Johannesburg’s mining legacy leaves behind a potential environmental disaster, with thousands of gallons of contaminated water sitting underneath the city and polluted air in its poorest neighborhoods. This piece kicks off a multi-part series on acid mine drainage in South Africa, focusing on the extent of the problem, who is responsible for cleaning it up, and the communities impacted by decades of largely unimpeded mining and resultant waste.
Read the first article here. You can find some of the others, focusing on the people impacted by mine waste, here, here, here, and here. This series won a Mondi Shanduku award, one of South Africa’s highest journalistic honors.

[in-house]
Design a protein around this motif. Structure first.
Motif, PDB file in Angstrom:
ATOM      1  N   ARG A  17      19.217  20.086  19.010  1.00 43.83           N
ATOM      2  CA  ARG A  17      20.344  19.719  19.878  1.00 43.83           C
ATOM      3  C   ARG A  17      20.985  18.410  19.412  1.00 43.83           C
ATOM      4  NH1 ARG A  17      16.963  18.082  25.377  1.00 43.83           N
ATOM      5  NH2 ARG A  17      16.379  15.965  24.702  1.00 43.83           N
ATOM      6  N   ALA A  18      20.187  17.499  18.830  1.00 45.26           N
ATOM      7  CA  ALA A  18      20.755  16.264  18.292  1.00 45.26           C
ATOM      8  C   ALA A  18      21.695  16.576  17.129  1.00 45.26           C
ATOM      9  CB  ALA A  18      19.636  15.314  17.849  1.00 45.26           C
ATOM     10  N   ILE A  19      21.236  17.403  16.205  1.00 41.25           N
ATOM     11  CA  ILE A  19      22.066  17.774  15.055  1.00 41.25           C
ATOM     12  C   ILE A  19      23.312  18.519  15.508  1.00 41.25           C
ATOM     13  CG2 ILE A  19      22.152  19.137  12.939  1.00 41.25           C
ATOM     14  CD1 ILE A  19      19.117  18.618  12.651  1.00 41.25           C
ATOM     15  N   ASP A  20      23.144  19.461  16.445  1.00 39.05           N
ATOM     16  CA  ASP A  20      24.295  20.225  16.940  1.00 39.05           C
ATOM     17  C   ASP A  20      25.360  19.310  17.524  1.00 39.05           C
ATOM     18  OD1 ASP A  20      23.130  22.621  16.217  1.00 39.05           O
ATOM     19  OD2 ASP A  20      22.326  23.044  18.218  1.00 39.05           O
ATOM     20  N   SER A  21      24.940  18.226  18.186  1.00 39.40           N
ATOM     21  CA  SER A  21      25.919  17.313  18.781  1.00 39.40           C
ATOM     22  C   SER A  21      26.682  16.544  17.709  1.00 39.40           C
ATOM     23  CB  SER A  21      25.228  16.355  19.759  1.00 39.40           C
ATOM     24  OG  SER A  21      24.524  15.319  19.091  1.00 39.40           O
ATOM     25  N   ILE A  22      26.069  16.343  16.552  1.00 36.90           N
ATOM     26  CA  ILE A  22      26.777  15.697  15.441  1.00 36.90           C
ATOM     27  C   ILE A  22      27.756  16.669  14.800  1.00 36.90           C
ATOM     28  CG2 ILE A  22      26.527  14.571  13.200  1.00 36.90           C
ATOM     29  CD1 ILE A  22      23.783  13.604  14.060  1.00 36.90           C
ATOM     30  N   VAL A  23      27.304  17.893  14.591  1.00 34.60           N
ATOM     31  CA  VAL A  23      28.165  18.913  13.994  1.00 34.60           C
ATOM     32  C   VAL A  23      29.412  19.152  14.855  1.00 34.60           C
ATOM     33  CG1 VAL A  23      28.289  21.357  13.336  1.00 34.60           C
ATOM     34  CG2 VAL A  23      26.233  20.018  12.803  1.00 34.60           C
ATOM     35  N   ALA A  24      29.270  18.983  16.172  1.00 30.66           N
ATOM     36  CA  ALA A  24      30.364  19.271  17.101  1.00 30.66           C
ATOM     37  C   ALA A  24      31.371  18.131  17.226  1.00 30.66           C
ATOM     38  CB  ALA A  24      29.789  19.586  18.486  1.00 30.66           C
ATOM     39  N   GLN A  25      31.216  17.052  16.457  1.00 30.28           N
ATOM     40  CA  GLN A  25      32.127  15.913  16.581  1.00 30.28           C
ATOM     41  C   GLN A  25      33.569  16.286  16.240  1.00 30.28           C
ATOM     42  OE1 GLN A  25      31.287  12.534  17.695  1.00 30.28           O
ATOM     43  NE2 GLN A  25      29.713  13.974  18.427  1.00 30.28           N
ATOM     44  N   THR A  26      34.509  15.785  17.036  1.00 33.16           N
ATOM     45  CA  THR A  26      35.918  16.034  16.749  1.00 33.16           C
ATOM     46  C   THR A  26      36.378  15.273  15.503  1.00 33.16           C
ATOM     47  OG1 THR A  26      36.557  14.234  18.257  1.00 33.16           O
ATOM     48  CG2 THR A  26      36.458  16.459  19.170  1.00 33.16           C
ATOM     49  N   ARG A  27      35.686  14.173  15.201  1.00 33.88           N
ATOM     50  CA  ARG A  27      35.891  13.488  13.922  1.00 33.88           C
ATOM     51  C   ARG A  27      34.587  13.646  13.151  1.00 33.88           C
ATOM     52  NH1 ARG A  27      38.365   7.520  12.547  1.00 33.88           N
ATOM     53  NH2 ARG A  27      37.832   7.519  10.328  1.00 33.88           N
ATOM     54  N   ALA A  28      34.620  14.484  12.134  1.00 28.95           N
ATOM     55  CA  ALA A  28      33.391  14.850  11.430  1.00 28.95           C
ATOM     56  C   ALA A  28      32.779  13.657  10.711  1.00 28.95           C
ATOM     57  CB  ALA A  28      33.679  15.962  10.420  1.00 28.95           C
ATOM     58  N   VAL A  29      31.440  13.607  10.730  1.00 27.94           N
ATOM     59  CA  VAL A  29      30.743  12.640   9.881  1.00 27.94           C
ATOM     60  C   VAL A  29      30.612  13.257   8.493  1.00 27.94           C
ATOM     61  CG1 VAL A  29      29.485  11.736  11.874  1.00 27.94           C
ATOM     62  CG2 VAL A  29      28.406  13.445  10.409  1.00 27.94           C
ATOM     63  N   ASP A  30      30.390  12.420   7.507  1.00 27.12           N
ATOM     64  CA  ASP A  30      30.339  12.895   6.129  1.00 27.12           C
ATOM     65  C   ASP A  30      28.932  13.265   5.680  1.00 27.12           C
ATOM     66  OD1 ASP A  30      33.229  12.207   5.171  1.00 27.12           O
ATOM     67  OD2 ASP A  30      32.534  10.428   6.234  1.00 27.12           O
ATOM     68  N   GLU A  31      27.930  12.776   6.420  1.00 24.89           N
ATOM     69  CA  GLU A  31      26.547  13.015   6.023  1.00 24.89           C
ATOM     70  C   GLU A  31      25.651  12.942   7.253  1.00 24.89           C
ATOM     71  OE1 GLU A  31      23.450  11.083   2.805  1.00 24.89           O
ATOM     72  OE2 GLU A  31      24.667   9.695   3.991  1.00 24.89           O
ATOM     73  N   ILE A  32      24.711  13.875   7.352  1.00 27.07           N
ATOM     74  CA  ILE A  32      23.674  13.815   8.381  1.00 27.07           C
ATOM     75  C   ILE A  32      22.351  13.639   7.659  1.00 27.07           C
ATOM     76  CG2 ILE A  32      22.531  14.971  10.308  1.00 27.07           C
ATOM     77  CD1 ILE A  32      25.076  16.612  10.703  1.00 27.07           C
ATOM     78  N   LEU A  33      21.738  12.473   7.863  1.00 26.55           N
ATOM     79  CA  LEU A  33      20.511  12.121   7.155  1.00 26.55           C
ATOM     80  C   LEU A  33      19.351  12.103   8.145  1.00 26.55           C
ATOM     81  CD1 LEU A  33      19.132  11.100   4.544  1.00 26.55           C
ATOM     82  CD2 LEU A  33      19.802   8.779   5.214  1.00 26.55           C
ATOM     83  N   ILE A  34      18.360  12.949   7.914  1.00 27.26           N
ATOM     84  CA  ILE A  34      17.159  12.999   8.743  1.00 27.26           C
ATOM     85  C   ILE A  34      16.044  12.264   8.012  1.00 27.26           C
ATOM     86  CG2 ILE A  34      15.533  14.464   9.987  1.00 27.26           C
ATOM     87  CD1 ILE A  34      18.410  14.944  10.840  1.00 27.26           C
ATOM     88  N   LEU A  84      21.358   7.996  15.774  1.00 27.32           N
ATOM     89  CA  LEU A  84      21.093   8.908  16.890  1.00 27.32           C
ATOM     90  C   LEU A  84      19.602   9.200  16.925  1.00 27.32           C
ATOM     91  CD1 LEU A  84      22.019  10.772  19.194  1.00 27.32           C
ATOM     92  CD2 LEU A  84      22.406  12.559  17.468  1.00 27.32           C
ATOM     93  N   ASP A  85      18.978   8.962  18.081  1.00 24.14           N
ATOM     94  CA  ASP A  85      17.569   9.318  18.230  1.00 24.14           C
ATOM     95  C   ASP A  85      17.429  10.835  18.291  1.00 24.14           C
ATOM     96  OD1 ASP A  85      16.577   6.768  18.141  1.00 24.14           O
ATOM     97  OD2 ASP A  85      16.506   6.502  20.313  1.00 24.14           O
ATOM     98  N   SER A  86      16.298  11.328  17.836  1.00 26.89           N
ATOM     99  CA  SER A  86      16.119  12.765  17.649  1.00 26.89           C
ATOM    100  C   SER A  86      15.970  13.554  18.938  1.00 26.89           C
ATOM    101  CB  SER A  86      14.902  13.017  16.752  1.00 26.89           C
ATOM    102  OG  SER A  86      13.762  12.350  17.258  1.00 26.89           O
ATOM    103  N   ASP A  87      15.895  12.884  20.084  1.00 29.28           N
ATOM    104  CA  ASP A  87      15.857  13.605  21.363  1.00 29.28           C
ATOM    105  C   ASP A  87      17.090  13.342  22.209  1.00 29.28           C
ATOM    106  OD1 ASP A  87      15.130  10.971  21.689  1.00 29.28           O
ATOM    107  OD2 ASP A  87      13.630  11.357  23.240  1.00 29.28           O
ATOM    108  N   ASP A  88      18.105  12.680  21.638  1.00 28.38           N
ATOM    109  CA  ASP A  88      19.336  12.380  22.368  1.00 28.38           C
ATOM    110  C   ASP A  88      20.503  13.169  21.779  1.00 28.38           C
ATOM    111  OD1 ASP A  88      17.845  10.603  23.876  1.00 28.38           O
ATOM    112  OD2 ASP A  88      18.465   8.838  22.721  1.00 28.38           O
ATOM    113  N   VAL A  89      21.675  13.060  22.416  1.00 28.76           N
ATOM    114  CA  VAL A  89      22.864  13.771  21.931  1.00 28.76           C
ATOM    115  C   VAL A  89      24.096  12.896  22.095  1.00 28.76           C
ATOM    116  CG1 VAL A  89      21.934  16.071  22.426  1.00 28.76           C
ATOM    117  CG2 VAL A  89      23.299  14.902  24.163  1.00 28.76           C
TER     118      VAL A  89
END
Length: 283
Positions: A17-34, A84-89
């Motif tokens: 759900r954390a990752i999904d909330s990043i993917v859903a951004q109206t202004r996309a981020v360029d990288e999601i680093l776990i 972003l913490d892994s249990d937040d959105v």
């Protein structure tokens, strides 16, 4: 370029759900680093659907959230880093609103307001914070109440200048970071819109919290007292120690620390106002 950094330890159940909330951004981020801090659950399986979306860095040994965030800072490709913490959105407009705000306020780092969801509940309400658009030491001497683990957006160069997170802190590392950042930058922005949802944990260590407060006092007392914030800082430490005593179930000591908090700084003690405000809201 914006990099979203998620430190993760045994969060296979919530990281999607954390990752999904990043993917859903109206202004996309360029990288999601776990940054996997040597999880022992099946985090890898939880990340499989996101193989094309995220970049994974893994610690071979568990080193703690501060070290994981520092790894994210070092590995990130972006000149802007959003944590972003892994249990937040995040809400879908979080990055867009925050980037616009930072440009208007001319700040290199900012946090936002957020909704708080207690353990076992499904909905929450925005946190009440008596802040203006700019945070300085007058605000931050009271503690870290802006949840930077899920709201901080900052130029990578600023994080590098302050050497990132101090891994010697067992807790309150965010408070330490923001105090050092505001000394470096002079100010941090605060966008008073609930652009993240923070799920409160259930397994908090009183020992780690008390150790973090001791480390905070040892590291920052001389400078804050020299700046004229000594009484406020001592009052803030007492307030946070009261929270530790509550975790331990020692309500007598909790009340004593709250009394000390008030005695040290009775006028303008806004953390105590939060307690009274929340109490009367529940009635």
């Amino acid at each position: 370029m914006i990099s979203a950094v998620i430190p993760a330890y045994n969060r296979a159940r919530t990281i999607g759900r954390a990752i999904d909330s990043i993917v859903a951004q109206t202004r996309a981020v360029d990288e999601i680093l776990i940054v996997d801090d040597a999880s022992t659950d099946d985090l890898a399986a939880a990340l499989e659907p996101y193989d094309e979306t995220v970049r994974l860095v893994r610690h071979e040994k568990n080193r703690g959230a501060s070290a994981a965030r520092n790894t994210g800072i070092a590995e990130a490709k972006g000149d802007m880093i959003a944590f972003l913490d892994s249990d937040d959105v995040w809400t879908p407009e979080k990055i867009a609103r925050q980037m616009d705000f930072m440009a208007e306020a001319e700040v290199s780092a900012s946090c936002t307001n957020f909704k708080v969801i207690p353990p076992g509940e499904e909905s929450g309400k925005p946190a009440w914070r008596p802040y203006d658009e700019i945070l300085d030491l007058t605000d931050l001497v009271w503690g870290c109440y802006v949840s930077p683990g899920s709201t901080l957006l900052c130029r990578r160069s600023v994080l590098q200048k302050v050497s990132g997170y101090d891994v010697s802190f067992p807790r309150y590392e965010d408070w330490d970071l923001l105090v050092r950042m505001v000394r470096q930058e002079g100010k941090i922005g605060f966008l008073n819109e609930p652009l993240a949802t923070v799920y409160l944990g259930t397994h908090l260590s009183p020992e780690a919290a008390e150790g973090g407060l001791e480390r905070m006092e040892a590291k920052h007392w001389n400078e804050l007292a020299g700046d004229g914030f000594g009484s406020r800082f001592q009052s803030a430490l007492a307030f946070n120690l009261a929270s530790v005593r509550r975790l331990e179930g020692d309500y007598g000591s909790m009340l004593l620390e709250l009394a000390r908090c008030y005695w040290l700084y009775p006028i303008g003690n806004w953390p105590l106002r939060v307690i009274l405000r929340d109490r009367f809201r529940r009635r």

All of my work at the Mail & Guardian can be found here. Some highlights of my time as a health fellow from 2012-2013 include a piece considering the impact of health care fees on Zimbabwe’s patients, one man’s attempt to make Zimbabwe’s prisons more friendly to HIV positive people, an analysis of how changing American foreign policy could impact South Africa’s health care system, and an exploration of how one Cape Town community is trying to hold on to its heritage in the midst of rapid gentrification. I additionally worked on two of the M & G’s special projects: 200 Young South Africans, and A to Z of South African Politics.